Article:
• For Well Done (there should be a law against cooking beef this much!) - the centre reaches 60-66 C (140-150 F)
    Remove it from the smoker and immediately wrap in several layers of foil and leave in a warm place for at least 30 minutes - preferably longer. Whilst resting the higher outside temperature of the meat will continue to radiate inwards and the centre temperature will continue to rise by another ~6 C (12 F).

    Just before you carve don't forget to collect the juices from the foil to make the jus/gravy.
  12. kiska95

    kiska95 Smoking Fanatic

    Thanks again wade
  13. Many, many thanks guys for the advice. Unfortunately I have failed mightily! Ask was going well, temp set at 220°f with IT increasing at a decent rate. The kids were kicking off, so thought I had 2.5 hours to take them to Hollycombe (local steam powered fairground). When I returned....the bbq temp had spiked to 365°f and bugger, IT was 165°f! Took it out, foil wrapped and left to test while I sorted out chef jj Smokey au jus and roast potatoes.

    When I took out the rump, then sliced...Well it was indeed well over cooked-but to be fair the meat was not tough, good flavour, but a complete fail none the less. Pictures to follow. Knowing smiles and shakes of the head all
  14. smokewood

    smokewood Smoking Fanatic Group Lead

    Hey Kiska, I was in Costco last week and they had some brisket, unfortunately it was a "rolled brisket" Anyway for £20 I thought I would give it a punt.  It was quite a large piece of meat so I cut it in half to reduce cooking time.  I had to re-tie it prior to smoking but It turned out really nice, I was quite surprised.  I would definitely buy it again.... The ribs are also from Costco and are also excellent  I will post that in the other thread.  
  15. It was all
    going so well here!
  16. smokewood

    smokewood Smoking Fanatic Group Lead

    Sods Law, As soon as you turn your back, walk the dog, play with the kids the temperature will spike.[​IMG]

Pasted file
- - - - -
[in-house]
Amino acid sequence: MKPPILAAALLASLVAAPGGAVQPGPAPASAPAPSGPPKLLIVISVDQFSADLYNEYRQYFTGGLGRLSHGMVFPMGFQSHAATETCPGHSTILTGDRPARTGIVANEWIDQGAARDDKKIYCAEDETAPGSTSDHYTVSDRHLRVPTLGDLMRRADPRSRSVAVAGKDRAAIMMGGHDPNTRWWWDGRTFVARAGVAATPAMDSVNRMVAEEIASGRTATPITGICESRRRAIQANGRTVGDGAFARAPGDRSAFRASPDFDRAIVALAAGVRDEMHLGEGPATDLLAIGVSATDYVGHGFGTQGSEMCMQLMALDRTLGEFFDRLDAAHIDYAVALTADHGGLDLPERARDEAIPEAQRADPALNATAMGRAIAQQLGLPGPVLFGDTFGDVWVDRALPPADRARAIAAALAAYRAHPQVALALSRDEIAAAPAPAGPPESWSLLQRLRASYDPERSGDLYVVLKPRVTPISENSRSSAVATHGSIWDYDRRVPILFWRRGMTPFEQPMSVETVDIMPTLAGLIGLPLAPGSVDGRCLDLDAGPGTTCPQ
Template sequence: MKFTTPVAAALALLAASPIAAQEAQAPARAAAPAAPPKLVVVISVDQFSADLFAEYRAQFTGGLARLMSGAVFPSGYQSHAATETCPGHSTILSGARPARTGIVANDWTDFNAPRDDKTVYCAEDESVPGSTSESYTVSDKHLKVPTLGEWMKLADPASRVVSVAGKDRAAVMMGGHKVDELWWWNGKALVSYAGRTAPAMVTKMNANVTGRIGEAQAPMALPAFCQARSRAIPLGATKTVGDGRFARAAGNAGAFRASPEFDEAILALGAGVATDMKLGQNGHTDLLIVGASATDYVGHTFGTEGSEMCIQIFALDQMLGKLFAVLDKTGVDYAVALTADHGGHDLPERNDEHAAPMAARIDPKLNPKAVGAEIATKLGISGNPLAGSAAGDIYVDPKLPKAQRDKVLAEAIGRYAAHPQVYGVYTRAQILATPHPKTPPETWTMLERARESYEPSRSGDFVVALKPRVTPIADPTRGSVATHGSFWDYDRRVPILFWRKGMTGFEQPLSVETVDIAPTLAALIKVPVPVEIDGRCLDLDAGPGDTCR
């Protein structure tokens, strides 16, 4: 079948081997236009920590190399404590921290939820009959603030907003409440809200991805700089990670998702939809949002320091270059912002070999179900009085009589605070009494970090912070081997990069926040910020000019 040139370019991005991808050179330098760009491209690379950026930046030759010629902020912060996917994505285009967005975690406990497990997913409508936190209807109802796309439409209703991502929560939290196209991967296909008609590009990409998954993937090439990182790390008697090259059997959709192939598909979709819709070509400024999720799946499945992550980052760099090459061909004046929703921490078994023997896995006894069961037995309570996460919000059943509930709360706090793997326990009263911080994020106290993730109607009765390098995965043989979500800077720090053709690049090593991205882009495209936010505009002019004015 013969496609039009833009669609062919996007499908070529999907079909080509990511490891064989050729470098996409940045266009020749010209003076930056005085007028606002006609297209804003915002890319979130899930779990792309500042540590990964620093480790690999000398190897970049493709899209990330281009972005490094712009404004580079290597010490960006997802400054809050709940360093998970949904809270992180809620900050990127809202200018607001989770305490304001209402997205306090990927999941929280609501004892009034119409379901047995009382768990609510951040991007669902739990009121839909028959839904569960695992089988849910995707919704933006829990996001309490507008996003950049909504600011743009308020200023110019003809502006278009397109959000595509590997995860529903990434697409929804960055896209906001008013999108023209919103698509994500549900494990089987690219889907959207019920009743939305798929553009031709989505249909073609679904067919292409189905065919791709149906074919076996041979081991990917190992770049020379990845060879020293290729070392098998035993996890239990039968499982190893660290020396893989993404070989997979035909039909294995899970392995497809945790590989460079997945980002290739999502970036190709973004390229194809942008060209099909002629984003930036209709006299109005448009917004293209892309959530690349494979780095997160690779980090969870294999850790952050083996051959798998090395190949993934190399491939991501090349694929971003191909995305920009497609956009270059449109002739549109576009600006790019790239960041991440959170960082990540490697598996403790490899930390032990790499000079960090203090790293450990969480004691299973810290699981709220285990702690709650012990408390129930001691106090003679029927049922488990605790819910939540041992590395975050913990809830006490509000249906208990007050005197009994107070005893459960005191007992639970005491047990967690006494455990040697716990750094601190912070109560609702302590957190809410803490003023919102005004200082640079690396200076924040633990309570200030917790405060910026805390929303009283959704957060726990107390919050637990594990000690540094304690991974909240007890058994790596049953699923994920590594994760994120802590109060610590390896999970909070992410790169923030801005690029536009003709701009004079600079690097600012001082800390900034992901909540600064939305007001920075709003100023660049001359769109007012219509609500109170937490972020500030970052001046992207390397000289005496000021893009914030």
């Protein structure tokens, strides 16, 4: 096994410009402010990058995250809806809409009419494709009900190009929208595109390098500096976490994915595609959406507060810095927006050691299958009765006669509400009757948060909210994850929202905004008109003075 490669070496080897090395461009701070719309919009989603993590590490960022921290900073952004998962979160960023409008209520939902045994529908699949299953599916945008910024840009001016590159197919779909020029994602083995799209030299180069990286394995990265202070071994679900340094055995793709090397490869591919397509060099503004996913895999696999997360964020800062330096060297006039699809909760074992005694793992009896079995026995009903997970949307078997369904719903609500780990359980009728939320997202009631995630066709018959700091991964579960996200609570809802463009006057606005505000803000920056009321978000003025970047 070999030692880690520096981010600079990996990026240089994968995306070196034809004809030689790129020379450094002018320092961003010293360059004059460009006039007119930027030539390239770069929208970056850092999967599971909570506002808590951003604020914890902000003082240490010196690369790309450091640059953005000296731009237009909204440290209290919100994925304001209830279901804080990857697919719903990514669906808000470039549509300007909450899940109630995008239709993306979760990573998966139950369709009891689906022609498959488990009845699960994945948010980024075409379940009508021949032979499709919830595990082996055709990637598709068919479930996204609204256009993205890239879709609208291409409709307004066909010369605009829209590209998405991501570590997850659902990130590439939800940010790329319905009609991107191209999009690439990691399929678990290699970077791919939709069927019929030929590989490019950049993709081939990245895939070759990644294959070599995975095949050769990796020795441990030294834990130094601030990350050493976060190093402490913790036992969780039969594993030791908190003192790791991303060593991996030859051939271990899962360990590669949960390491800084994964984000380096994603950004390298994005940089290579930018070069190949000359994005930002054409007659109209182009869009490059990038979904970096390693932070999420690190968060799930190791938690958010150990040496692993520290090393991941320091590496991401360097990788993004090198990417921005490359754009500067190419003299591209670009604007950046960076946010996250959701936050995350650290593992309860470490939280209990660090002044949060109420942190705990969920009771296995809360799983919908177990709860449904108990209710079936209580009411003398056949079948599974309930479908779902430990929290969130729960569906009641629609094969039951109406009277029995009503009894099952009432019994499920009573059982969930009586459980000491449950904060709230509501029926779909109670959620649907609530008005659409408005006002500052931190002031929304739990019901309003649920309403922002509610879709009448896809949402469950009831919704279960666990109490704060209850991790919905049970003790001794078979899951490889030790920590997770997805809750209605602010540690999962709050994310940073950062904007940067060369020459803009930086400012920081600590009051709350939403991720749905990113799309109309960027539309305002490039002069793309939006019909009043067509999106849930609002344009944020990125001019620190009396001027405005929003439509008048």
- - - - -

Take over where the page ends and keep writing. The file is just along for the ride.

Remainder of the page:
17. Perfect emoticon smokewood. Think I will try costco after seeing your efforts there.
  18. Hello Justin.  Sorry it didn't turn out well.  Unless you have some sort of temp control system you can never completely leave a smoke.  Follow the new crowd.  Wire that smoker up to all the technology so that it looks like the space station.  [​IMG]   As stated above as soon as you turn your back it will bite you in your, AHH! back, as you now know.  I hope the next will turn out better.  Also when talking British rump or silverside and other such cuts the joint has been trimmed to death.  Almost ZERO fat and very little marbling.  If you take those cuts much over 140F. IT you are chancing it.  Fat equals flavour.  Pork is now becoming the same.  I think THAT is our biggest challenge.  To convince the British public fat is a good thing.  You don't have to eat it if you chose not to; trim it as you slice.  It has done it's job by then.  Just my old school thoughts.  Keep Smokin!

  19. demosthenes9

    demosthenes9 Master of the Pit OTBS Member

    One thing I'd disagree with here is that "low and slow" made it tough.   The final IT is what does it.  Cooking low and slow to an IT of 125 degrees actually helps make it more tender and you get consistent edge to edge color.   Heck, if you can, do it at 200 degrees.